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Secure information box

Find out more about this important building safety device.

A secure information box (SIB) is a device that contains a building's key safety information and details of any on-site hazards.

This can greatly assist fire crews during the initial stages of an incident, should a responsible person not be in attendance.

The benefits of having a secure information box:

  • Firefighting operations will be implemented quicker, which may save a greater percentage of the property or business.
  • Assists the Incident Commanders' decision-making by providing up-to-date risk information.
  • The isolation of services can be achieved quicker.
  • Emergency contacts can be called at the earliest opportunity.
  • Including building plans allows for searches or locating the main seat of fire to be achieved far safer and quicker.
  • Access can be gained to the building without the use of force.
  • Effective measures can be put in place to protect the environment.

West Sussex Fire & Rescue Service (WSFRS) encourage the use of SIBs for buildings which have one or more of the following:

  • A fire engineered solution.
  • A large or complex layout.
  • On-site hazards linked to either the premises or processes, such as building construction (for example, sandwich panels, flammable cladding), dangerous substances such as ammonia and acetylene.
  • Hazards that could pose a risk to attending crews in the event of an incident occurring.
  • Where the provision of such information is agreed as necessary with the local Fire Authority.

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Installation of a SIB

As a general principle, the person responsible for fire safety for the building will be responsible for installing the SIB and providing, agreeing and maintaining the information.

The contents of the box should be reviewed whenever any changes that will affect the information have been identified. It is advisable that this occurs annually or alongside the building’s fire risk assessment review.

  • SIBs should be easily recognisable, usually red in colour, with a photo-luminescent sign clearly denoting that it is a SIB in the centre of the box door. This is to assist the crews if the lighting fails.
  • SIBs should be sited so that they are readily accessible to attending fire crews, inside the primary fire service access points of the building or alongside the fire alarm panel.
  • Where it is necessary to site boxes externally, they should be in a prominent well-lit position, preferably sheltered from inclement weather.
  • The location of SIBs should be communicated to WSFRS for inclusion in their mobilising system.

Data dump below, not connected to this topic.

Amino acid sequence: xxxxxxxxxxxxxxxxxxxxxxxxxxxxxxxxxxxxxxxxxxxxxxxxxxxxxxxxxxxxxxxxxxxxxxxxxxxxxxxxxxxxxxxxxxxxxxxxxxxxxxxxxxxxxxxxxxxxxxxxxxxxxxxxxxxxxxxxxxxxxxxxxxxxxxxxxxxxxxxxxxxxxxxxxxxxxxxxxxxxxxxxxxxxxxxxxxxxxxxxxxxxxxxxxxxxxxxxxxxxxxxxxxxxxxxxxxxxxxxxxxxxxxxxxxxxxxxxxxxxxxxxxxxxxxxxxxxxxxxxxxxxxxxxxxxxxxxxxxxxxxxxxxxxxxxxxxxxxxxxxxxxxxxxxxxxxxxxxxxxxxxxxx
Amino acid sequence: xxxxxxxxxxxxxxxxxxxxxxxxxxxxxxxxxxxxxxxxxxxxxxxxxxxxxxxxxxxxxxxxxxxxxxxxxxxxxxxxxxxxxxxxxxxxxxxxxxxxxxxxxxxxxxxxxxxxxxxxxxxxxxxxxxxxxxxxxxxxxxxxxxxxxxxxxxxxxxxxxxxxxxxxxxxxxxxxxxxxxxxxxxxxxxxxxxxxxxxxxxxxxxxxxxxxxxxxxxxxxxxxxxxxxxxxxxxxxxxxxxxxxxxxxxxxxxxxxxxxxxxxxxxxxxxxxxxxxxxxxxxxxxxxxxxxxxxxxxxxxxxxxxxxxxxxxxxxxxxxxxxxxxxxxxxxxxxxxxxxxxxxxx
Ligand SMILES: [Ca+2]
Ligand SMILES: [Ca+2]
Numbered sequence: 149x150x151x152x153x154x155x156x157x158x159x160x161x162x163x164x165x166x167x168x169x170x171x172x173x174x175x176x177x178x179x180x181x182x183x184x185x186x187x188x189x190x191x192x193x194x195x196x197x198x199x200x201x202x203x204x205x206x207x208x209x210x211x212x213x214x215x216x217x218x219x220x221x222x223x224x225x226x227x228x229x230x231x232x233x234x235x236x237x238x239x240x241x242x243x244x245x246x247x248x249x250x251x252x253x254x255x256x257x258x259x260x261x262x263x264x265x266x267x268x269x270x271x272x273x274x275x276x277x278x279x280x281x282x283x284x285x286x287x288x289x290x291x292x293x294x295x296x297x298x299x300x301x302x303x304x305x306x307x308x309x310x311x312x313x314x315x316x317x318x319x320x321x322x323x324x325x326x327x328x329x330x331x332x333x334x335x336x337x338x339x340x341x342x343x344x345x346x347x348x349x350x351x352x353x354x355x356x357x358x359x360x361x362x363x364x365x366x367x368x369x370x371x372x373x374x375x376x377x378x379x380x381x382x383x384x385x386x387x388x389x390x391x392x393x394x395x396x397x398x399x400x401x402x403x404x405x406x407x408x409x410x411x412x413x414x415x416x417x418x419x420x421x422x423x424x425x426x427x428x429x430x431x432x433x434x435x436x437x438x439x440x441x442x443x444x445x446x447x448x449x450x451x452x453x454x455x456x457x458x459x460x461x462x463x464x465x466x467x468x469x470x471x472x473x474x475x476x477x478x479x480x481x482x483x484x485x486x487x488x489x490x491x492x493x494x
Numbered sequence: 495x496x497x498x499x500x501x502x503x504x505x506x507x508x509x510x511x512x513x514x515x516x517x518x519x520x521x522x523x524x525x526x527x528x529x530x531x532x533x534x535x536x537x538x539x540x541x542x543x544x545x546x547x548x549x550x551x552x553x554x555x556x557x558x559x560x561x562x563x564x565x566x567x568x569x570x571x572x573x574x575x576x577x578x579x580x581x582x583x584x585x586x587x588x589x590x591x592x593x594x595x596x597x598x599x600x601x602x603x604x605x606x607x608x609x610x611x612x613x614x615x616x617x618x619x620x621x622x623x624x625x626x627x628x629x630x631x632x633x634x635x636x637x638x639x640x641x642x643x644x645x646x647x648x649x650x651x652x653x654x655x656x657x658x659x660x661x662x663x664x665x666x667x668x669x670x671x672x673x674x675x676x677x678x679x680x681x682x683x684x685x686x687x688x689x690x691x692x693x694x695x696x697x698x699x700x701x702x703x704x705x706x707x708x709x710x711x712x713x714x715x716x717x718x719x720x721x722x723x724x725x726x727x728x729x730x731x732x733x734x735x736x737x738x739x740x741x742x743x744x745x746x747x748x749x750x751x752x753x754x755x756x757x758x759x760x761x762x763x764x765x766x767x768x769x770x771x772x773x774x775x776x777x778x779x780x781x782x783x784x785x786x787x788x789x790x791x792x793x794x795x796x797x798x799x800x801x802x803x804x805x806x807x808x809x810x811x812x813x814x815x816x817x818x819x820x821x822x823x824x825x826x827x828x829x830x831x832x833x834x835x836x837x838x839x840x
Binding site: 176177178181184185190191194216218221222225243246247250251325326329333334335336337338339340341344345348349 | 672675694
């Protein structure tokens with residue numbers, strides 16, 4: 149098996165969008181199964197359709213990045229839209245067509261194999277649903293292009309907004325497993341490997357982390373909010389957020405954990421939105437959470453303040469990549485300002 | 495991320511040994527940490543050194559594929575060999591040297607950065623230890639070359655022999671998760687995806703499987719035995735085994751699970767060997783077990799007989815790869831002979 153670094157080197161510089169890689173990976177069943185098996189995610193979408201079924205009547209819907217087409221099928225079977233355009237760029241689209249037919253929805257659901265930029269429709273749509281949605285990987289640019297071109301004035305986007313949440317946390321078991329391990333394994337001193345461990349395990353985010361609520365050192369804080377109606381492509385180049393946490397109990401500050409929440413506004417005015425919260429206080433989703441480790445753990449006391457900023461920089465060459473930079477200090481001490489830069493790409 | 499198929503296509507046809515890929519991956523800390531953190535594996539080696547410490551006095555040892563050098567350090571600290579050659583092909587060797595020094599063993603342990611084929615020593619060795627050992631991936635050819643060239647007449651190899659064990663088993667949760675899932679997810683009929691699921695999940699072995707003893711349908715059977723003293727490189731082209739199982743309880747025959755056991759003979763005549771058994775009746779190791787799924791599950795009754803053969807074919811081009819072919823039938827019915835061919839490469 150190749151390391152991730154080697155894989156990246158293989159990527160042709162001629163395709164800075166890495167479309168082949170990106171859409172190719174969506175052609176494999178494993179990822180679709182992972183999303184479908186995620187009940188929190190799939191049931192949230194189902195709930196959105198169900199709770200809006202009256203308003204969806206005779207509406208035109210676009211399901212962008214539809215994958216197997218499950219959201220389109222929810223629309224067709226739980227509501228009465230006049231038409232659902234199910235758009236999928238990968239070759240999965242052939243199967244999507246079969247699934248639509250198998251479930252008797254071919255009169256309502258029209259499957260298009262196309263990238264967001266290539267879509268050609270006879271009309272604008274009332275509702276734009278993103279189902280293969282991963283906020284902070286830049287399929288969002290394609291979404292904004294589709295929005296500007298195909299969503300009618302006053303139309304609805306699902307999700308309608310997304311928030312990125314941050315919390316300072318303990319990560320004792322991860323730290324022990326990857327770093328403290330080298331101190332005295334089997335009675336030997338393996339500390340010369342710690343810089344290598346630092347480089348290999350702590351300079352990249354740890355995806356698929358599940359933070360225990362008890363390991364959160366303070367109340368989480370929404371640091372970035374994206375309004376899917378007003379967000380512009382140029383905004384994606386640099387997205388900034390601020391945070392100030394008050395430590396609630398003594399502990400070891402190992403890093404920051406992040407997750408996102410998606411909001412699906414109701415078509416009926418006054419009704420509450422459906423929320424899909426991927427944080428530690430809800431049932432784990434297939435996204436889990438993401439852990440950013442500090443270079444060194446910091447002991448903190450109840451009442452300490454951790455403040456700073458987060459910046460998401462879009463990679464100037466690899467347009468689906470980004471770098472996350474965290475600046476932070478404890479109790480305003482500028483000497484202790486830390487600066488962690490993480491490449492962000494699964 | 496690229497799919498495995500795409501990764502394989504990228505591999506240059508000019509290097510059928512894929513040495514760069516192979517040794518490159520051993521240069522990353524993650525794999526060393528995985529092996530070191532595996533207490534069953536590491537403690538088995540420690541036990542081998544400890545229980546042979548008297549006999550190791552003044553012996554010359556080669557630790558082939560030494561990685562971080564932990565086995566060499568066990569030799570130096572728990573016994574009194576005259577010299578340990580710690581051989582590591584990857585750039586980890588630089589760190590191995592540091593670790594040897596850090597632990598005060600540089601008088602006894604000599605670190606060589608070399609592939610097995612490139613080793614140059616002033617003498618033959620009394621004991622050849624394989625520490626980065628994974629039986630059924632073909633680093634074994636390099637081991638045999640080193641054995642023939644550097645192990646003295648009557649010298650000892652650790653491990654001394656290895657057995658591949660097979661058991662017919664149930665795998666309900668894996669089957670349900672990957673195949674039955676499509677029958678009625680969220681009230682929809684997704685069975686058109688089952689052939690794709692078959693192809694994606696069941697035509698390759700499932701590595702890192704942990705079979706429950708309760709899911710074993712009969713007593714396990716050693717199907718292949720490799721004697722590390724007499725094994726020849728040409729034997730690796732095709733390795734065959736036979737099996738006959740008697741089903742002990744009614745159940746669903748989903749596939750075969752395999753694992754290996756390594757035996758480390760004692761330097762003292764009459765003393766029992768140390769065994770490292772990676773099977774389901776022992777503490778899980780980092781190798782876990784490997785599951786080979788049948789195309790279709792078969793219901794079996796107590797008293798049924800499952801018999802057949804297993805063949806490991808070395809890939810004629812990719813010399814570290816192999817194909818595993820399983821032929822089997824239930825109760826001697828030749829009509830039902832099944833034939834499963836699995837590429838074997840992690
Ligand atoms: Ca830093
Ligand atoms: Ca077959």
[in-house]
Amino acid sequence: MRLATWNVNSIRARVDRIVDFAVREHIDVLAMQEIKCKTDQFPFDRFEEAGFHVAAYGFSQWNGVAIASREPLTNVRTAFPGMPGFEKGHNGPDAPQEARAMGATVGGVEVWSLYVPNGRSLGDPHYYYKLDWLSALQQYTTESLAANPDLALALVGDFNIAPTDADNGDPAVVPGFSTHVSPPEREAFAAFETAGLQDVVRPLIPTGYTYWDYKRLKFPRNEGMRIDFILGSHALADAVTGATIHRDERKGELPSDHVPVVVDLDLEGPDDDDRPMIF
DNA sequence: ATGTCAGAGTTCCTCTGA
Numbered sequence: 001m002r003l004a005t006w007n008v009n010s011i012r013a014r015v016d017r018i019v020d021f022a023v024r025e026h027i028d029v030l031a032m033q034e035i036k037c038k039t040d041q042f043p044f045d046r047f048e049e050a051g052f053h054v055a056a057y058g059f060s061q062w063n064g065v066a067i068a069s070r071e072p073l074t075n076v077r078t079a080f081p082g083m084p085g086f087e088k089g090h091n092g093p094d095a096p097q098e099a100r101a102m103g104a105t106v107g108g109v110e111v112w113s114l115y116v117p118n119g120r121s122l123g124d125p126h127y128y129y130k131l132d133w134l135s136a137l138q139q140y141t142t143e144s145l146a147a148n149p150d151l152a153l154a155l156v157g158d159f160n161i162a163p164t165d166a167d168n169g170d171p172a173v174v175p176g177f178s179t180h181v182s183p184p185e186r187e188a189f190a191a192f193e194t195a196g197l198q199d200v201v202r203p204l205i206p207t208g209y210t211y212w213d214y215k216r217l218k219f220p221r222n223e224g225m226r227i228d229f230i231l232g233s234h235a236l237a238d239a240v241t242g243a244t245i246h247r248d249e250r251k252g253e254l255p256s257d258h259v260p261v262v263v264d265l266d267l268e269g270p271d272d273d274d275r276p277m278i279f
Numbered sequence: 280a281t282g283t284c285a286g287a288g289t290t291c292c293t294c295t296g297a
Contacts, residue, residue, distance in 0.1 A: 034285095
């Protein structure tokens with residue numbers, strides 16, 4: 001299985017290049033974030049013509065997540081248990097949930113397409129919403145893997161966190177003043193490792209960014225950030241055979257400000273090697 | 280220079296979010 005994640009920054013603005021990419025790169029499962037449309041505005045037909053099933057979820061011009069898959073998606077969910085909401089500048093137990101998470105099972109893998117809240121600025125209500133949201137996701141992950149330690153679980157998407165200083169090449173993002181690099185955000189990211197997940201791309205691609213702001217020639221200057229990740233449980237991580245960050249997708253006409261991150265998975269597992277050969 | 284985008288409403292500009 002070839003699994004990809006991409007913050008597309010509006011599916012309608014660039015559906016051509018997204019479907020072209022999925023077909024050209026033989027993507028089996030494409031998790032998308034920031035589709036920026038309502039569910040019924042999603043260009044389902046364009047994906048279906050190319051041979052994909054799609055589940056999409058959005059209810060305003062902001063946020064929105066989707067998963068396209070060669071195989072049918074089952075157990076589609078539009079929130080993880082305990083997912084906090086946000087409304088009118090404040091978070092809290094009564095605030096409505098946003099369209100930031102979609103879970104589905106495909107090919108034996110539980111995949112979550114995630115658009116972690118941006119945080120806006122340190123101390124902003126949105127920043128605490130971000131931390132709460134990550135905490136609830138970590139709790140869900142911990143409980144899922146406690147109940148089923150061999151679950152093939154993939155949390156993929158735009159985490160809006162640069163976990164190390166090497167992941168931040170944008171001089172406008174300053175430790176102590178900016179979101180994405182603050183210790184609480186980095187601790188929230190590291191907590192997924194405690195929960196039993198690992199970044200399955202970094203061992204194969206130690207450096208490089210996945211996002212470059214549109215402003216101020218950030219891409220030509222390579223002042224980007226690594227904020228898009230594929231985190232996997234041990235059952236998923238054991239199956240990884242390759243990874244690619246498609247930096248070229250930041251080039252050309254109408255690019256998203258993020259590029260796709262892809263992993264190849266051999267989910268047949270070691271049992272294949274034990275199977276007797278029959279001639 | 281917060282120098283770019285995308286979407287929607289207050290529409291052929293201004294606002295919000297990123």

All WSFRS fire appliances carry a Gerda box key for access. If other boxes are in use, the occupier must put plans in place to guarantee fire crews will have suitable access to the information within their box.

A key safe can be positioned next to the box and the code be passed to the fire service mobilising system.

What a SIB should contain

The contents of a SIB should contain relevant and up-to-date information that could include, but not be limited to the following:

  • Laminated A3 floor plans and generic layout of the premises (this could include a colour-coded fire alarm zone plan).
  • Plans showing utility isolation points such as gas, electric, water and solar panels.
  • Alongside access, location, and facilities for firefighting, including:
    • automatic opening vent systems
    • dry riser inlets and outlets
    • firefighters' and fireman’s lifts
    • firefighters' shafts and hydrants. These can be simple line plan drawings or CAD Plans, but must include a key clearly denoting the symbols.
  • A table depicting floor and flat numbering.
  • A copy of the evacuation strategy and evacuation plans for the building (Stay Put/Full/Phased Horizontal).
  • Details of Personal Emergency Evacuation Plans (PEEPs) in place for residents.
  • Hazard and risk information and their locations for items such as explosives, hazardous substances, flammable liquids, battery storage areas, dangerous substances such as O2 or gas cylinders and welding equipment.
  • Details of unusual features (for example, basements and tunnels).
  • Details of fire safety system locations, isolation, control panels and access codes (for example, alarm panels, sprinklers and smoke control systems).
  • Keys for alarm panels, lift override/isolations and lift motor room locations.
  • Security systems in place.
  • Emergency contact numbers of the responsible person/site specialist advisors/managing agents for the premises.
Last updated:
24 May 2023
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